Sweater and shorts are thrifted | space shuttle c/o Eclectic Eccentricity | astronaut c/o Ginger Pickle | tights are from my shop | shoes are Naot | earrings are handmade by me
Because it's the middle of winter and my house doesn't have any heating (#studentlyfe) I have been wearing mostly warm colours like orange, red and yellow - as if I'm trying to trick my brain to make up for our lack of heating. I have also been ~constantly~ wearing this new Lime Crime velveteen lipstick (Wicked) because it's also a lovely, warm colour and it goes perfectly with my hair! Seriously, this lipstick is tha shiz - I put it on after breakfast, and it's still there when I'm getting ready for bed, without any reapplications! Now how's that for staying power?
And then there's these tights - they're my absolute favourite right now. Even when I'm just wearing a pair of plain black shorts and a sweater, they make that outfit interesting. I've been wearing this floral pair for the last week to check out how durable they are, because I have them for sale in my shop - and they're super good quality, I have not gotten a single ladder or tear, and I've even been taking them bike riding! So with that little plug, if you want to buy a pair I have about 8 pairs for sale in my shop!
"Our words can have a huge impact. Isn't it time we told her she's pretty brilliant too?"
This video from Verizon shows us how both society and parents unintentionally dissuade girls from going into science, and oh boy, it gets so many things right. And yeah, it's an ad for Verizon, but it's a really great one. First off, it's a video all about female empowerment that doesn't resort to how women look - such as those ads that emphasise "don't worry, you're beautiful whatever you look like", and in doing so perpetuate the idea that appearance is still the most important thing to strive for if you're a woman.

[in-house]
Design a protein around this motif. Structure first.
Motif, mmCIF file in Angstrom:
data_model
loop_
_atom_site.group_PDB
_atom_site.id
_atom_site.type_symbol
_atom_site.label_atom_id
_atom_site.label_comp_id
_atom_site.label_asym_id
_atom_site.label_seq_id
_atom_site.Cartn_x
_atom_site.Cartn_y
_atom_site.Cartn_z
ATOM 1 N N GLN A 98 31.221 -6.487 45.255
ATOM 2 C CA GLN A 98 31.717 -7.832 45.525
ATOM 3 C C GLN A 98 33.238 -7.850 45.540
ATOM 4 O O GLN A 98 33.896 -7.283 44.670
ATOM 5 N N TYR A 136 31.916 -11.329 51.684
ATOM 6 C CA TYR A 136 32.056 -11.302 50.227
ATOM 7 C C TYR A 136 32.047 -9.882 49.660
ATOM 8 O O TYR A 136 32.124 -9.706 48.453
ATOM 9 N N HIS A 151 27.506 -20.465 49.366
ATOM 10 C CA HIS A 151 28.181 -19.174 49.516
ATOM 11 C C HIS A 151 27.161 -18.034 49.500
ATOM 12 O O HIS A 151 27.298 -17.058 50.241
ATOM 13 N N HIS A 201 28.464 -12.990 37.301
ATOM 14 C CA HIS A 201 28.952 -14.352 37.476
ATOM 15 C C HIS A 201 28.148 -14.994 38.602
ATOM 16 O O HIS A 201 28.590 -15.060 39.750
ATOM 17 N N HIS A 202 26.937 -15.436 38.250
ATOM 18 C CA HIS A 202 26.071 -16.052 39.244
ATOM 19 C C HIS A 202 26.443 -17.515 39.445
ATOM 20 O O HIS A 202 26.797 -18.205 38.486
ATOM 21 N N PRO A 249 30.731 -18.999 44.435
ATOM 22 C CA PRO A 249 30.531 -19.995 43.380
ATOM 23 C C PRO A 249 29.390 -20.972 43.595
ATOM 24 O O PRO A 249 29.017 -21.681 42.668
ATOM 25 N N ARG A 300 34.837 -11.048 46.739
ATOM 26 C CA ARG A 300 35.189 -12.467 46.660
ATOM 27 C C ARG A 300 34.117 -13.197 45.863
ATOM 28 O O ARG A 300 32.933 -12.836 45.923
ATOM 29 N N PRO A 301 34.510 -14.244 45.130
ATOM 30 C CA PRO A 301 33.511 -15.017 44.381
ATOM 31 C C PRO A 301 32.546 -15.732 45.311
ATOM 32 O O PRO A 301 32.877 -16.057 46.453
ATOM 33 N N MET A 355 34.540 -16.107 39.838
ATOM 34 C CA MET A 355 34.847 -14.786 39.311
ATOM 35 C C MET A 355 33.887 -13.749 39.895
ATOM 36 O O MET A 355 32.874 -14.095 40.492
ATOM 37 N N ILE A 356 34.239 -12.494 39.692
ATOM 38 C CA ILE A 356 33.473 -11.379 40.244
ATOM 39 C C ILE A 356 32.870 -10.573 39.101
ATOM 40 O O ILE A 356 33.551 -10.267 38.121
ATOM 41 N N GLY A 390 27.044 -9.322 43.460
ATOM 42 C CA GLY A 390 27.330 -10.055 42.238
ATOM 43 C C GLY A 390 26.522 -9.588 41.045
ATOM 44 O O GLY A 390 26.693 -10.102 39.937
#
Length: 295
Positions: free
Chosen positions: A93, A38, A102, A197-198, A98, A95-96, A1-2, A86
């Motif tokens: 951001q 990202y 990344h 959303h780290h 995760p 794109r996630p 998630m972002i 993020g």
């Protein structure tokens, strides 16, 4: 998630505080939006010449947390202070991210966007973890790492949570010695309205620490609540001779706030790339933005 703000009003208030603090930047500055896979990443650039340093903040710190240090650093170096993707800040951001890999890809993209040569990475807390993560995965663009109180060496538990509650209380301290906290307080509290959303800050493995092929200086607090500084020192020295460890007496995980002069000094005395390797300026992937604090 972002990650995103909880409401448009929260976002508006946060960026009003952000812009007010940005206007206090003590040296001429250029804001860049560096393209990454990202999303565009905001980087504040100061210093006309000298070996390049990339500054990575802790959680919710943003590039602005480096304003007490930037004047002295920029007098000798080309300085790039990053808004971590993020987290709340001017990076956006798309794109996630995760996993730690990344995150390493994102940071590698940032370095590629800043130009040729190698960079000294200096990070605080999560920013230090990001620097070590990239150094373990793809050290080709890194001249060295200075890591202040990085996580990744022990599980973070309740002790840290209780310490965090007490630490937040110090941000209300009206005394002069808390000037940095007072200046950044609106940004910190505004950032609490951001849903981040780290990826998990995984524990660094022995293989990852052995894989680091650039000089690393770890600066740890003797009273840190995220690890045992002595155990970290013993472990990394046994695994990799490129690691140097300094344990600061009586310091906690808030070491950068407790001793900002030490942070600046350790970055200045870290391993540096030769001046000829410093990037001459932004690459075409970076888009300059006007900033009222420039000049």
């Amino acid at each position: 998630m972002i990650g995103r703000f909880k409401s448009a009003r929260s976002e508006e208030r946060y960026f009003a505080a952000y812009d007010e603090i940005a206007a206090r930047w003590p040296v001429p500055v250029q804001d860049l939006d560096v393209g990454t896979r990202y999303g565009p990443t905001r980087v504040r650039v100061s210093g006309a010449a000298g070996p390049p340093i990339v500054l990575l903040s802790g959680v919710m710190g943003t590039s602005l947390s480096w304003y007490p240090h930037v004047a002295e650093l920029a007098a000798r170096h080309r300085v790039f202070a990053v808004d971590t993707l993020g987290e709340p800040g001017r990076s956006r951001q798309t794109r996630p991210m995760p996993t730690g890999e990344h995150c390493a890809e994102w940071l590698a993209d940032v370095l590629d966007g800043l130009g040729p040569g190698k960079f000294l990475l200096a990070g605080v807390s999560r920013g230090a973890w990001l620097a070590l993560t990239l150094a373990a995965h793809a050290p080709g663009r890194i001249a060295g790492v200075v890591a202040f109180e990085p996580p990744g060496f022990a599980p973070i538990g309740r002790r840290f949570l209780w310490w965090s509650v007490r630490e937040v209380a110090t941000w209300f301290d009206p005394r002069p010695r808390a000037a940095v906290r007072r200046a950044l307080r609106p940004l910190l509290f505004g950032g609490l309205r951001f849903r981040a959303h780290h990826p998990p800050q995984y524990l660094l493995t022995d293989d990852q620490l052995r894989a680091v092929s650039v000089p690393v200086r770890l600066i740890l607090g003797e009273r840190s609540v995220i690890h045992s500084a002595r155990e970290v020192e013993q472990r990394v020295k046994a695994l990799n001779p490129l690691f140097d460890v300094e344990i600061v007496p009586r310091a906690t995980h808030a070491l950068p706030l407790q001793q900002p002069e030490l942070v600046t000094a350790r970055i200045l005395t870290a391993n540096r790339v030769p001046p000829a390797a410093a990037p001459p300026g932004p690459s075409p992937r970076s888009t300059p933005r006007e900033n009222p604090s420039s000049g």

As slate observes, the ad makes parents and society into the problem, not the girls themselves. "So much of our efforts in trying to encourage girls end up treating them like they're the ones who are screwing up, either with too much "body talk" or being lame for playing with certain toys. This ad shifts the focus, arguing that girls are born fine and it's the rest of us who screw them up" says Slate's Amanda Marcotte.
The idea of young girls being "ladylike" - of not getting dirty, not playing with things found at the beach, staying safe, being quiet and letting the men handle potentially dangerous tools - is also telling those girls that they shouldn't have an interest in science and technology, because it's not a very "ladylike" profession to strive for.
Yes, you can tell a young woman that she's pretty, but that should never be her most important quality. Because "she's pretty brilliant, too".
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